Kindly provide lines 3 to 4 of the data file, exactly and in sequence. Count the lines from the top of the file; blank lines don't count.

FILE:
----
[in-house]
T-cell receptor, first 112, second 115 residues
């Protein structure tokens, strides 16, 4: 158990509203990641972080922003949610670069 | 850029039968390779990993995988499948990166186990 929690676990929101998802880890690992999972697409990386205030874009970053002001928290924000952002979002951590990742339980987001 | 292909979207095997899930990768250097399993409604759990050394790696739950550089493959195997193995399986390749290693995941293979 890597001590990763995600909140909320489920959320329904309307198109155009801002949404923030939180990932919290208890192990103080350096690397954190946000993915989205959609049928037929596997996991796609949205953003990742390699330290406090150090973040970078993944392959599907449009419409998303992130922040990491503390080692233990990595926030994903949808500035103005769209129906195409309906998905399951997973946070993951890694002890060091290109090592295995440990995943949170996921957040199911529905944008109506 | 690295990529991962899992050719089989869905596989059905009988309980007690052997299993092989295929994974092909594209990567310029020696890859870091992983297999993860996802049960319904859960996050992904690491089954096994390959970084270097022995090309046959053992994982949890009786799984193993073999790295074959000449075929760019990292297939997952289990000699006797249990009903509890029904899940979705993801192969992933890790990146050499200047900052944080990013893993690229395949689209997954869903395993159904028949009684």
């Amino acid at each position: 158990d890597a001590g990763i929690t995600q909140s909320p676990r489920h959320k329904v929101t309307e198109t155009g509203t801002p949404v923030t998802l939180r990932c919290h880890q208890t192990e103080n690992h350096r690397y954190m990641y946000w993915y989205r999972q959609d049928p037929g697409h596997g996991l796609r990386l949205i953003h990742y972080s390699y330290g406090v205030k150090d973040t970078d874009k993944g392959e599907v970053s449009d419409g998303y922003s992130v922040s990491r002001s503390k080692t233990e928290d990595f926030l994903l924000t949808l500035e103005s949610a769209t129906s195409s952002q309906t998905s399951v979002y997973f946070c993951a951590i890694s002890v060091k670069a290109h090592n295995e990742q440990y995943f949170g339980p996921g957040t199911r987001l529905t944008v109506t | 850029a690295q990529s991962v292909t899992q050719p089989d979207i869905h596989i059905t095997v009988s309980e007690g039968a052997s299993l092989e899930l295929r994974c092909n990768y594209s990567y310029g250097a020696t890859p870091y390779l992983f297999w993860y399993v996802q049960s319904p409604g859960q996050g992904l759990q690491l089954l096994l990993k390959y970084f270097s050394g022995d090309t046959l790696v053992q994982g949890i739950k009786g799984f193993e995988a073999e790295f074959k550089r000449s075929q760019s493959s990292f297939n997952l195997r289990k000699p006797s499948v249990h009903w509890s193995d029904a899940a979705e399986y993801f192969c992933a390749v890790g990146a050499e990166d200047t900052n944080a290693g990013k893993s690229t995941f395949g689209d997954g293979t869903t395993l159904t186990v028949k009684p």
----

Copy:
């Protein structure tokens, strides 16, 4: 158990509203990641972080922003949610670069 | 850029039968390779990993995988499948990166186990 929690676990929101998802880890690992999972697409990386205030874009970053002001928290924000952002979002951590990742339980987001 | 292909979207095997899930990768250097399993409604759990050394790696739950550089493959195997193995399986390749290693995941293979 890597001590990763995600909140909320489920959320329904309307198109155009801002949404923030939180990932919290208890192990103080350096690397954190946000993915989205959609049928037929596997996991796609949205953003990742390699330290406090150090973040970078993944392959599907449009419409998303992130922040990491503390080692233990990595926030994903949808500035103005769209129906195409309906998905399951997973946070993951890694002890060091290109090592295995440990995943949170996921957040199911529905944008109506 | 690295990529991962899992050719089989869905596989059905009988309980007690052997299993092989295929994974092909594209990567310029020696890859870091992983297999993860996802049960319904859960996050992904690491089954096994390959970084270097022995090309046959053992994982949890009786799984193993073999790295074959000449075929760019990292297939997952289990000699006797249990009903509890029904899940979705993801192969992933890790990146050499200047900052944080990013893993690229395949689209997954869903395993159904028949009684």
């Amino acid at each position: 158990d890597a001590g990763i929690t995600q909140s909320p676990r489920h959320k329904v929101t309307e198109t155009g509203t801002p949404v923030t998802l939180r990932c919290h880890q208890t192990e103080n690992h350096r690397y954190m990641y946000w993915y989205r999972q959609d049928p037929g697409h596997g996991l796609r990386l949205i953003h990742y972080s390699y330290g406090v205030k150090d973040t970078d874009k993944g392959e599907v970053s449009d419409g998303y922003s992130v922040s990491r002001s503390k080692t233990e928290d990595f926030l994903l924000t949808l500035e103005s949610a769209t129906s195409s952002q309906t998905s399951v979002y997973f946070c993951a951590i890694s002890v060091k670069a290109h090592n295995e990742q440990y995943f949170g339980p996921g957040t199911r987001l529905t944008v109506t | 850029a690295q990529s991962v292909t899992q050719p089989d979207i869905h596989i059905t095997v009988s309980e007690g039968a052997s299993l092989e899930l295929r994974c092909n990768y594209s990567y310029g250097a020696t890859p870091y390779l992983f297999w993860y399993v996802q049960s319904p409604g859960q996050g992904l759990q690491l089954l096994l990993k390959y970084f270097s050394g022995d090309t046959l790696v053992q994982g949890i739950k009786g799984f193993e995988a073999e790295f074959k550089r000449s075929q760019s493959s990292f297939n997952l195997r289990k000699p006797s499948v249990h009903w509890s193995d029904a899940a979705e399986y993801f192969c992933a390749v890790g990146a050499e990166d200047t900052n944080a290693g990013k893993s690229t995941f395949g689209d997954g293979t869903t395993l159904t186990v028949k009684p």